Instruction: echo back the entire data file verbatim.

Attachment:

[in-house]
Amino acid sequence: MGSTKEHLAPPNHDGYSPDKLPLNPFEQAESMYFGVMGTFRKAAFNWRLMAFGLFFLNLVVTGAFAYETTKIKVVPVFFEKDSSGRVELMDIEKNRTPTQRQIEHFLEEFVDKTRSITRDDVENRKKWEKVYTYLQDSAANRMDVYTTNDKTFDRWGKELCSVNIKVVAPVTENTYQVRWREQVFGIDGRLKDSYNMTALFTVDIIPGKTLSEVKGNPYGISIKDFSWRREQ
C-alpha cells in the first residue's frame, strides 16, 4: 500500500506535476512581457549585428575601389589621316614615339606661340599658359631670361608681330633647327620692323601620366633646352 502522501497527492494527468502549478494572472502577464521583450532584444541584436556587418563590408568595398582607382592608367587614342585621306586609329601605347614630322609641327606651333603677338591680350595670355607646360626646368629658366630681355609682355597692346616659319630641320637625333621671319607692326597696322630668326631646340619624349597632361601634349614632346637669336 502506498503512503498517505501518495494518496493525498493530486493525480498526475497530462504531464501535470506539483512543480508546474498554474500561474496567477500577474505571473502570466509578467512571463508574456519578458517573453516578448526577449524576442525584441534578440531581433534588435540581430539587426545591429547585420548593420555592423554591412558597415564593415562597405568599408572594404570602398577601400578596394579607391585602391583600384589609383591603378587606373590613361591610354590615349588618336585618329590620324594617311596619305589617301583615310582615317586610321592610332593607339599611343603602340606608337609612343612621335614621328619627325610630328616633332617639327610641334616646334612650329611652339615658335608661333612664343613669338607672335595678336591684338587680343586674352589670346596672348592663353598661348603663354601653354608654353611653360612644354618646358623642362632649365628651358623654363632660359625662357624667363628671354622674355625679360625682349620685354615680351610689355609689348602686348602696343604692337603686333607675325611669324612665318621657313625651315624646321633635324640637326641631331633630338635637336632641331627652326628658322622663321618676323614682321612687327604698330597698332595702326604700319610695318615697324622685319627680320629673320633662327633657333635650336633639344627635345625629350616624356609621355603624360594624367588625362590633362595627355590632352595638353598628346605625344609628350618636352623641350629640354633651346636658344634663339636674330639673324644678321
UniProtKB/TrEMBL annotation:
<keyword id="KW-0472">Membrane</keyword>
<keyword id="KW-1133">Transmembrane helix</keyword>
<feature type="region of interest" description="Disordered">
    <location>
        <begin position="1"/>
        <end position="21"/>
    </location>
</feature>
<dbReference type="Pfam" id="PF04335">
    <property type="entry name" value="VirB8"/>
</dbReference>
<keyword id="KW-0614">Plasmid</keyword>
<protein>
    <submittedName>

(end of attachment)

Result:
[in-house]
Amino acid sequence: MGSTKEHLAPPNHDGYSPDKLPLNPFEQAESMYFGVMGTFRKAAFNWRLMAFGLFFLNLVVTGAFAYETTKIKVVPVFFEKDSSGRVELMDIEKNRTPTQRQIEHFLEEFVDKTRSITRDDVENRKKWEKVYTYLQDSAANRMDVYTTNDKTFDRWGKELCSVNIKVVAPVTENTYQVRWREQVFGIDGRLKDSYNMTALFTVDIIPGKTLSEVKGNPYGISIKDFSWRREQ
C-alpha cells in the first residue's frame, strides 16, 4: 500500500506535476512581457549585428575601389589621316614615339606661340599658359631670361608681330633647327620692323601620366633646352 502522501497527492494527468502549478494572472502577464521583450532584444541584436556587418563590408568595398582607382592608367587614342585621306586609329601605347614630322609641327606651333603677338591680350595670355607646360626646368629658366630681355609682355597692346616659319630641320637625333621671319607692326597696322630668326631646340619624349597632361601634349614632346637669336 502506498503512503498517505501518495494518496493525498493530486493525480498526475497530462504531464501535470506539483512543480508546474498554474500561474496567477500577474505571473502570466509578467512571463508574456519578458517573453516578448526577449524576442525584441534578440531581433534588435540581430539587426545591429547585420548593420555592423554591412558597415564593415562597405568599408572594404570602398577601400578596394579607391585602391583600384589609383591603378587606373590613361591610354590615349588618336585618329590620324594617311596619305589617301583615310582615317586610321592610332593607339599611343603602340606608337609612343612621335614621328619627325610630328616633332617639327610641334616646334612650329611652339615658335608661333612664343613669338607672335595678336591684338587680343586674352589670346596672348592663353598661348603663354601653354608654353611653360612644354618646358623642362632649365628651358623654363632660359625662357624667363628671354622674355625679360625682349620685354615680351610689355609689348602686348602696343604692337603686333607675325611669324612665318621657313625651315624646321633635324640637326641631331633630338635637336632641331627652326628658322622663321618676323614682321612687327604698330597698332595702326604700319610695318615697324622685319627680320629673320633662327633657333635650336633639344627635345625629350616624356609621355603624360594624367588625362590633362595627355590632352595638353598628346605625344609628350618636352623641350629640354633651346636658344634663339636674330639673324644678321
UniProtKB/TrEMBL annotation:
<keyword id="KW-0472">Membrane</keyword>
<keyword id="KW-1133">Transmembrane helix</keyword>
<feature type="region of interest" description="Disordered">
    <location>
        <begin position="1"/>
        <end position="21"/>
    </location>
</feature>
<dbReference type="Pfam" id="PF04335">
    <property type="entry name" value="VirB8"/>
</dbReference>
<keyword id="KW-0614">Plasmid</keyword>
<protein>
    <submittedName>